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Calls for global governance code go unheard

The global application of a code of best practice for institutional investors, developed by the UK Financial Reporting Council, was debated at the International Corporate Governance Network’s annual conference in Toronto. Amanda White reports.

anne_sheehan_nlThe International Corporate Governance Network (ICGN) has been looking at a code of best practice for institutional investors for years. Now a collaboration of four associations in the UK have collectively written a governance code for local constituents.

Peter Montagnon, senior investment adviser at the Financial Reporting Council, which is the UK’s independent regulator responsible for promoting confidence in corporate reporting and governance, says a final version of the code will be released at the end of this month.

While it has been difficult to get consensus, the associations, including the Association of British Insurers, NAPF and the Investment Management Association, have finally agreed on seven principles that will underpin the new Stewardship Code. The next, and perhaps more critical stage, is the must-have buy-in from investors.

One of the motivations for the code is to improve the quality and effectiveness of the dialogue between shareholders and the companies they invest in.

“We want to improve the quality of communication, not just at annual meetings,” Montagnon says.

One of the delicate balances is the relationship between the regulators and shareholders, and Montagnon says shareholders need to be aware of the differences in their motivations.

“The balance between regulators and shareholder enthusiasm is a challenge,” he says. “Shareholders want to increase value, and regulators want to minimise risk and want shareholders to help monitor that. Shareholders have to push back on that.”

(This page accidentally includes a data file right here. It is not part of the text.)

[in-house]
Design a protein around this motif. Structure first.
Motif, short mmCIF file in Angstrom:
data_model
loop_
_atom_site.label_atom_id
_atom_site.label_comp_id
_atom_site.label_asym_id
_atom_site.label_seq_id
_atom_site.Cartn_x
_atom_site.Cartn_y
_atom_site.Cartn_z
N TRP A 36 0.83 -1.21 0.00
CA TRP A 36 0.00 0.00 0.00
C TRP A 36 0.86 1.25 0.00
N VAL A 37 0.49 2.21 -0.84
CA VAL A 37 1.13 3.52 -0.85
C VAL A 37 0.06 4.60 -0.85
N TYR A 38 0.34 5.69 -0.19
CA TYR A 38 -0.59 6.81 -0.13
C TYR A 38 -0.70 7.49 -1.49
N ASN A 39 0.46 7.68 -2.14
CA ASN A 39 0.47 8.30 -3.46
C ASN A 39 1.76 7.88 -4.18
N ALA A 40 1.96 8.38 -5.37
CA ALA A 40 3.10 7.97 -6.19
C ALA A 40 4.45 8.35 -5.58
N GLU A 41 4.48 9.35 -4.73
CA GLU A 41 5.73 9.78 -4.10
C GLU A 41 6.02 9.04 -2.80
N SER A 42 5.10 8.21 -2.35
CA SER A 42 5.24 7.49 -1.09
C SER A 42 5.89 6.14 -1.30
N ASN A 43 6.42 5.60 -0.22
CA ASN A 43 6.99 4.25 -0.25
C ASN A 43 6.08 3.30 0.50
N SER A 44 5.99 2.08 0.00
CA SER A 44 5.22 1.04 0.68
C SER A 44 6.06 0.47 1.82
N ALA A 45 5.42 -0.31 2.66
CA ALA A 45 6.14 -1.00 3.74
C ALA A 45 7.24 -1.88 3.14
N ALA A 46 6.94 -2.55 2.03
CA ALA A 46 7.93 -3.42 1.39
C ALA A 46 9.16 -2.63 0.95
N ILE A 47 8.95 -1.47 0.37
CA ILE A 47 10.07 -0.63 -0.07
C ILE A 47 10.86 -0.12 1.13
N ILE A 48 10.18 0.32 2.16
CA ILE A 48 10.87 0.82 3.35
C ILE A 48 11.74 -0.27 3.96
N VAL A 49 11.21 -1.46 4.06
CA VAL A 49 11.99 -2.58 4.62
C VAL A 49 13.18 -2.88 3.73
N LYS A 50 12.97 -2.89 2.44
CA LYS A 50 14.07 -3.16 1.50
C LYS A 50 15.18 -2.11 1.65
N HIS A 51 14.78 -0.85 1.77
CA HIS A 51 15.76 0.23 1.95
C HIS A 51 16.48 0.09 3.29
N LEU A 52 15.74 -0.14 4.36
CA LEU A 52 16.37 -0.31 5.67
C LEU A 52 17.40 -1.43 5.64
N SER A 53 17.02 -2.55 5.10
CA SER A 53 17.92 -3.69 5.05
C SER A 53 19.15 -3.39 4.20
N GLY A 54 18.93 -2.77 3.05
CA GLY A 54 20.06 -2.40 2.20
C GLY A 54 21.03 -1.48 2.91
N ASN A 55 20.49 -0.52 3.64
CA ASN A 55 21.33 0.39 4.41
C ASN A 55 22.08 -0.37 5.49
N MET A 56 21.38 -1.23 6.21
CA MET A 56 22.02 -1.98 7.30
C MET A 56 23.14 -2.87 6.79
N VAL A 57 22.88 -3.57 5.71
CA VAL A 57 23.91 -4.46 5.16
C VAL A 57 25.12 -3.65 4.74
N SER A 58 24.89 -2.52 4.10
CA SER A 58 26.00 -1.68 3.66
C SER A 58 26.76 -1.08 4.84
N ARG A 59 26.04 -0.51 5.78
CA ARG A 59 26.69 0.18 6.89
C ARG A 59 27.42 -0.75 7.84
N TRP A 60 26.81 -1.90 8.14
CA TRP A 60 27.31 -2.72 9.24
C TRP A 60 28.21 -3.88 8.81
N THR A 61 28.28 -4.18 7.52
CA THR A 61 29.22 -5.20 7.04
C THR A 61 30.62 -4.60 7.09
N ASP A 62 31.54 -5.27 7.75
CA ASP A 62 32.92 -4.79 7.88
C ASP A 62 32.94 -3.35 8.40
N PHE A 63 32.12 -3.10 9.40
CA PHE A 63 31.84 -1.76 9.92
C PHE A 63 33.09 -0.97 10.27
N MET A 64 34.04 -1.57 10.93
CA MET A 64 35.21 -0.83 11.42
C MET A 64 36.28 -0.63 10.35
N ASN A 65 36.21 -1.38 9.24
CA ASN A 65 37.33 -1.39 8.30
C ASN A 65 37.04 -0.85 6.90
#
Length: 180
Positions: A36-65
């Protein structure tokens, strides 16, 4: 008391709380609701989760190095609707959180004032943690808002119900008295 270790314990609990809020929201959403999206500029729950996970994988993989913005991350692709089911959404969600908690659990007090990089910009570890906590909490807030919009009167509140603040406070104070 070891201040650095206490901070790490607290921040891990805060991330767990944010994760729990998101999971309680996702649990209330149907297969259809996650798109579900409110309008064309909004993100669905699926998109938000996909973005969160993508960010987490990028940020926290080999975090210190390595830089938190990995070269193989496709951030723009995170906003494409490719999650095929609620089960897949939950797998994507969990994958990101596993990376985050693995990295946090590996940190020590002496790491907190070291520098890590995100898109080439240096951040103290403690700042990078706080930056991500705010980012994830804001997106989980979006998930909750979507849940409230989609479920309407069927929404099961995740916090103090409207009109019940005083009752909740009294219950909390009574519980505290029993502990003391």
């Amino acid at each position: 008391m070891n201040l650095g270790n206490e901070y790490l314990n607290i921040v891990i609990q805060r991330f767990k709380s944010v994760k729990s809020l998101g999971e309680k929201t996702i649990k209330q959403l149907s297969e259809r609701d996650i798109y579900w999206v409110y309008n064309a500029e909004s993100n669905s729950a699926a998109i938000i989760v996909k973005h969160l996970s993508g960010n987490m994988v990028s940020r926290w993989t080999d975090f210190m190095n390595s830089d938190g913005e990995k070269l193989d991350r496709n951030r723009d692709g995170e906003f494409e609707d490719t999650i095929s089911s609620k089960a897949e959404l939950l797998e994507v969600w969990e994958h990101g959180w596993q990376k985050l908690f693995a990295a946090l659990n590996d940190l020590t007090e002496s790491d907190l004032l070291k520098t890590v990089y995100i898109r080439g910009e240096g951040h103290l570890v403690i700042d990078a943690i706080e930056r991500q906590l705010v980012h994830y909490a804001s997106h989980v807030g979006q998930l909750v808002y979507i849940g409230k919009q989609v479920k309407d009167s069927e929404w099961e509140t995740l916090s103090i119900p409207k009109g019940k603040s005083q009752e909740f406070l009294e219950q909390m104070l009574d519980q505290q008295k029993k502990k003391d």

The code also aims to set out the chain of participants and ask funds managers to report whether they apply the code.

“If they don’t that’s fine, but if they do we want them to see how they do.”

Montagnon believes the process of engagement needs to be more international and wants to persuade international institutions which hold UK securities to follow the code.

“This needs to be internationalised so it’s not too onerous,” he says.

But Anne Sheehan, director of corporate governance at CalSTRS believes the idea of a code in the US is a “big leap”.

“We are trying to get our colleagues in the US to make sure they recognise we need to be good stewards, but we are behind the game. I can’t imagine the regulators devising and enforcing it,” she says.

While Sheehan believes a regulatory approach is not the solution in the US, she does believe there is room for larger funds to lead by example.

“CalSTRS started in 1913 and from the beginning we had a culture of looking out for interests of teachers [the fund’s member base]. But were we always good, diligent stewards? Leading up to the crisis, maybe not. We were riding the wave up but not thinking enough about the risks of the way down. We were part of the problem,” she says. “Our board is asking what more could we do to take leadership role, to lead by example.”

Sheehan recommends more transparency as a first step for her US counterparts.

“We are being transparent about our actions, for example we pre-announce our votes. More needs to be done. We want to lead by example with other larger funds and say what we expect from fellow funds. Because we are global investors need to know what’s happening in other parts of the world, but we’re just beginning to walk.”

CalSTRS is going through the process of getting funds managers to integrate sustainability into their investment processes.

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